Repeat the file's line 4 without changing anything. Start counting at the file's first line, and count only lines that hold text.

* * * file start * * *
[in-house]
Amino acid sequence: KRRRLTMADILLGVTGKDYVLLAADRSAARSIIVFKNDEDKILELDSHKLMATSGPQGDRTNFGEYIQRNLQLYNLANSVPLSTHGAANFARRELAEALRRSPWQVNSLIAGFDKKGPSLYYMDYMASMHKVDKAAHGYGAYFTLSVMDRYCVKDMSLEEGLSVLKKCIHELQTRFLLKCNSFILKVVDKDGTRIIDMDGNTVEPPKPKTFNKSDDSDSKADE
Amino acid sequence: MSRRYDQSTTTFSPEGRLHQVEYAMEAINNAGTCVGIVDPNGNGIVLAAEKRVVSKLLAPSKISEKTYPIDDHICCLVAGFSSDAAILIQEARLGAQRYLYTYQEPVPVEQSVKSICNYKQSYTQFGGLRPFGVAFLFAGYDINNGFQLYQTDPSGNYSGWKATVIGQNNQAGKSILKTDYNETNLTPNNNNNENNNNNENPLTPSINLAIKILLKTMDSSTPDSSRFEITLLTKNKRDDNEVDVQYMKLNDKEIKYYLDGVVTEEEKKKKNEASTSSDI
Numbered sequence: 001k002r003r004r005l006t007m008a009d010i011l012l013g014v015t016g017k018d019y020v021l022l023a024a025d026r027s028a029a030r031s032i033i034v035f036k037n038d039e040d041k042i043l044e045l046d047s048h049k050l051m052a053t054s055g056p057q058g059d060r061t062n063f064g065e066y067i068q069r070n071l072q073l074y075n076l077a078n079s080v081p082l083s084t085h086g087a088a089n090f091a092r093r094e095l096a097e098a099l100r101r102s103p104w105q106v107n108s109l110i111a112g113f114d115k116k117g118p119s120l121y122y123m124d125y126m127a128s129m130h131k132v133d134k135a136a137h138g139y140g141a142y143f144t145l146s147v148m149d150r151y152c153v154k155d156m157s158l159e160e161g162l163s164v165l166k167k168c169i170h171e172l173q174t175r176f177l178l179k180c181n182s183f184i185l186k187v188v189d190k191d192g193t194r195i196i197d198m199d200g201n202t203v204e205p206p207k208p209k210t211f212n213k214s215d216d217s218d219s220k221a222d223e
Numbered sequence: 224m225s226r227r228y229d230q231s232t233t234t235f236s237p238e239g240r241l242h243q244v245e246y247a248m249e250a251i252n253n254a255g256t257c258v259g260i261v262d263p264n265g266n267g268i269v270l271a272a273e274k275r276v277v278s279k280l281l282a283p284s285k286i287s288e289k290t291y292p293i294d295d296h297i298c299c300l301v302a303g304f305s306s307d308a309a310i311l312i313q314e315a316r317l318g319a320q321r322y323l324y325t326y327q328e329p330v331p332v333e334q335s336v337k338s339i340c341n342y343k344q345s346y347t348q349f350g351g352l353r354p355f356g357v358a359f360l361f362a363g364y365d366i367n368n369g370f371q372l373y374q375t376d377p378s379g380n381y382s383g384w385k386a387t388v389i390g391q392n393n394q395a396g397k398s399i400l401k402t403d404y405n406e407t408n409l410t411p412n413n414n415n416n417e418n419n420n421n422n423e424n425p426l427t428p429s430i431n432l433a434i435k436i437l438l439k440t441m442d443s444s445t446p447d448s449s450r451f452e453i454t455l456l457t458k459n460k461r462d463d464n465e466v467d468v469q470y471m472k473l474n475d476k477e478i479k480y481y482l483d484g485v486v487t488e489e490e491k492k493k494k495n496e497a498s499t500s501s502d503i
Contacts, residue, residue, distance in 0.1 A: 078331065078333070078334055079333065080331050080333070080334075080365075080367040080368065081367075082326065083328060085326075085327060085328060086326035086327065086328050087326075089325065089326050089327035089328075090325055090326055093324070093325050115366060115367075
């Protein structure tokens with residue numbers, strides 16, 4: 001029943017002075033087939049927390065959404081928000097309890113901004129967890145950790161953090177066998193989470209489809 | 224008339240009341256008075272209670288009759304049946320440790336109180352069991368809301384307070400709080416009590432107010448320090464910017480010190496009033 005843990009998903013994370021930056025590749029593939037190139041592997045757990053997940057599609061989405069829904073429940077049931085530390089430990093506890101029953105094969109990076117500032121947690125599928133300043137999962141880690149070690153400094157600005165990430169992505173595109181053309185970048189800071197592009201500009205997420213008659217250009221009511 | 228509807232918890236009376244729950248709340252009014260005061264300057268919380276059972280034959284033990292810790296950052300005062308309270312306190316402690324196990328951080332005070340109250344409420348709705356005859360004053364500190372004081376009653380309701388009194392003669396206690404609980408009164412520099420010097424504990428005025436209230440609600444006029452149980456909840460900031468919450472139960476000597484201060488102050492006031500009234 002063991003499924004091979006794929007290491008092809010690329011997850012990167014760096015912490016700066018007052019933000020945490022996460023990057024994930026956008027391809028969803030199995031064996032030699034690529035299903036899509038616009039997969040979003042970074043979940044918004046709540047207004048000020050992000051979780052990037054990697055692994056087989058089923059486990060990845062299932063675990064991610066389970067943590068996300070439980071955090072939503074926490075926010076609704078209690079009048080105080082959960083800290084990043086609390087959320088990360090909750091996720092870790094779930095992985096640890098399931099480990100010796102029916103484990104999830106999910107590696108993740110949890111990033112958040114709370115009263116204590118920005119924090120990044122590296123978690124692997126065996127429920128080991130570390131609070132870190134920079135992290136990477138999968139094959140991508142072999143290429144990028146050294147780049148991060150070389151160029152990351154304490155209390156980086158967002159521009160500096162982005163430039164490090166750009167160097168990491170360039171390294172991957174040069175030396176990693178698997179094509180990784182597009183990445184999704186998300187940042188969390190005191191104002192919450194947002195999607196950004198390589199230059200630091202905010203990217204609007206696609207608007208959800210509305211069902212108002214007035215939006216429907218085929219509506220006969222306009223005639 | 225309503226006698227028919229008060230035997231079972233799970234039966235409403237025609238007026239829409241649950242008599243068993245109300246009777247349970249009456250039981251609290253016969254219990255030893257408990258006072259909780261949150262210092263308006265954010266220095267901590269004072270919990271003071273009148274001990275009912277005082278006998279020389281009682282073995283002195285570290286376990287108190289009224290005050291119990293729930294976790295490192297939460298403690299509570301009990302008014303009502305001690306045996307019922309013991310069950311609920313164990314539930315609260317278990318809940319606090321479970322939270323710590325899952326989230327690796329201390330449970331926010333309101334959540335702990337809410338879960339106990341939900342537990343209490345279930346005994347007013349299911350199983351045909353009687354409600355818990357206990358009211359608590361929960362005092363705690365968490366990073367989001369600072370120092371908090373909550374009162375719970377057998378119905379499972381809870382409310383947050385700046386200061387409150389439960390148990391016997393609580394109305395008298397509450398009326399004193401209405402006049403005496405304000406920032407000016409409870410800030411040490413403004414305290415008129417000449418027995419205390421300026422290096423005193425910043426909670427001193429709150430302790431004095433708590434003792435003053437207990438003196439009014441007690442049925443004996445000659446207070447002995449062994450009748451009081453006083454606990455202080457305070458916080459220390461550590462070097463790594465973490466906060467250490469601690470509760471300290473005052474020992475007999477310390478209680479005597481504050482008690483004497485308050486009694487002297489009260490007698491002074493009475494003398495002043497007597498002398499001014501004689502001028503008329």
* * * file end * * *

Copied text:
Numbered sequence: 001k002r003r004r005l006t007m008a009d010i011l012l013g014v015t016g017k018d019y020v021l022l023a024a025d026r027s028a029a030r031s032i033i034v035f036k037n038d039e040d041k042i043l044e045l046d047s048h049k050l051m052a053t054s055g056p057q058g059d060r061t062n063f064g065e066y067i068q069r070n071l072q073l074y075n076l077a078n079s080v081p082l083s084t085h086g087a088a089n090f091a092r093r094e095l096a097e098a099l100r101r102s103p104w105q106v107n108s109l110i111a112g113f114d115k116k117g118p119s120l121y122y123m124d125y126m127a128s129m130h131k132v133d134k135a136a137h138g139y140g141a142y143f144t145l146s147v148m149d150r151y152c153v154k155d156m157s158l159e160e161g162l163s164v165l166k167k168c169i170h171e172l173q174t175r176f177l178l179k180c181n182s183f184i185l186k187v188v189d190k191d192g193t194r195i196i197d198m199d200g201n202t203v204e205p206p207k208p209k210t211f212n213k214s215d216d217s218d219s220k221a222d223e